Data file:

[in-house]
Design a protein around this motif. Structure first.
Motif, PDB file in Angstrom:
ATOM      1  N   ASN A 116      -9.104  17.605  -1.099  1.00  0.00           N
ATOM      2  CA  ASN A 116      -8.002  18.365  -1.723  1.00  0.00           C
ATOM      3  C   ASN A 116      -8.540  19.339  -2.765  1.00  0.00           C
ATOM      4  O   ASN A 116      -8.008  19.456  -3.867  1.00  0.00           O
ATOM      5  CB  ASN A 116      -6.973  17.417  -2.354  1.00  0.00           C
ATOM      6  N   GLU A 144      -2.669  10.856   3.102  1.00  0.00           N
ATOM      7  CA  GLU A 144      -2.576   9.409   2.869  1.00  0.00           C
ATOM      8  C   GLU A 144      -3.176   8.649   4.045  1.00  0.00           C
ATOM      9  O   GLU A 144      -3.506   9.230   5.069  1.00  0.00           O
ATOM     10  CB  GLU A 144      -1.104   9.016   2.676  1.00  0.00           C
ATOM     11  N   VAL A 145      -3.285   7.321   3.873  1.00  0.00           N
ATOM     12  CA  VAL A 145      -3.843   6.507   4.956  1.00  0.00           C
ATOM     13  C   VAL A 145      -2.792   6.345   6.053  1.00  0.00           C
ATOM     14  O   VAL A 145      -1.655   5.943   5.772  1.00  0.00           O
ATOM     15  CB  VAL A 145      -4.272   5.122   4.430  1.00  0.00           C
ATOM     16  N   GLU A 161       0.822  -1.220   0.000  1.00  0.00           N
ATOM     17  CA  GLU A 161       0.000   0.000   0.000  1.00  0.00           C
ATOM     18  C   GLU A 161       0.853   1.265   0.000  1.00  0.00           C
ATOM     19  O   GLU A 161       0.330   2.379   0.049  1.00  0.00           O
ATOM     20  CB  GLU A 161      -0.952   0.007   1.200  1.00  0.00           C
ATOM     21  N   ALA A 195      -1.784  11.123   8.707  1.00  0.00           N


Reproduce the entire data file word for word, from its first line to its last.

[in-house]
Design a protein around this motif. Structure first.
Motif, PDB file in Angstrom:
ATOM      1  N   ASN A 116      -9.104  17.605  -1.099  1.00  0.00           N
ATOM      2  CA  ASN A 116      -8.002  18.365  -1.723  1.00  0.00           C
ATOM      3  C   ASN A 116      -8.540  19.339  -2.765  1.00  0.00           C
ATOM      4  O   ASN A 116      -8.008  19.456  -3.867  1.00  0.00           O
ATOM      5  CB  ASN A 116      -6.973  17.417  -2.354  1.00  0.00           C
ATOM      6  N   GLU A 144      -2.669  10.856   3.102  1.00  0.00           N
ATOM      7  CA  GLU A 144      -2.576   9.409   2.869  1.00  0.00           C
ATOM      8  C   GLU A 144      -3.176   8.649   4.045  1.00  0.00           C
ATOM      9  O   GLU A 144      -3.506   9.230   5.069  1.00  0.00           O
ATOM     10  CB  GLU A 144      -1.104   9.016   2.676  1.00  0.00           C
ATOM     11  N   VAL A 145      -3.285   7.321   3.873  1.00  0.00           N
ATOM     12  CA  VAL A 145      -3.843   6.507   4.956  1.00  0.00           C
ATOM     13  C   VAL A 145      -2.792   6.345   6.053  1.00  0.00           C
ATOM     14  O   VAL A 145      -1.655   5.943   5.772  1.00  0.00           O
ATOM     15  CB  VAL A 145      -4.272   5.122   4.430  1.00  0.00           C
ATOM     16  N   GLU A 161       0.822  -1.220   0.000  1.00  0.00           N
ATOM     17  CA  GLU A 161       0.000   0.000   0.000  1.00  0.00           C
ATOM     18  C   GLU A 161       0.853   1.265   0.000  1.00  0.00           C
ATOM     19  O   GLU A 161       0.330   2.379   0.049  1.00  0.00           O
ATOM     20  CB  GLU A 161      -0.952   0.007   1.200  1.00  0.00           C
ATOM     21  N   ALA A 195      -1.784  11.123   8.707  1.00  0.00           N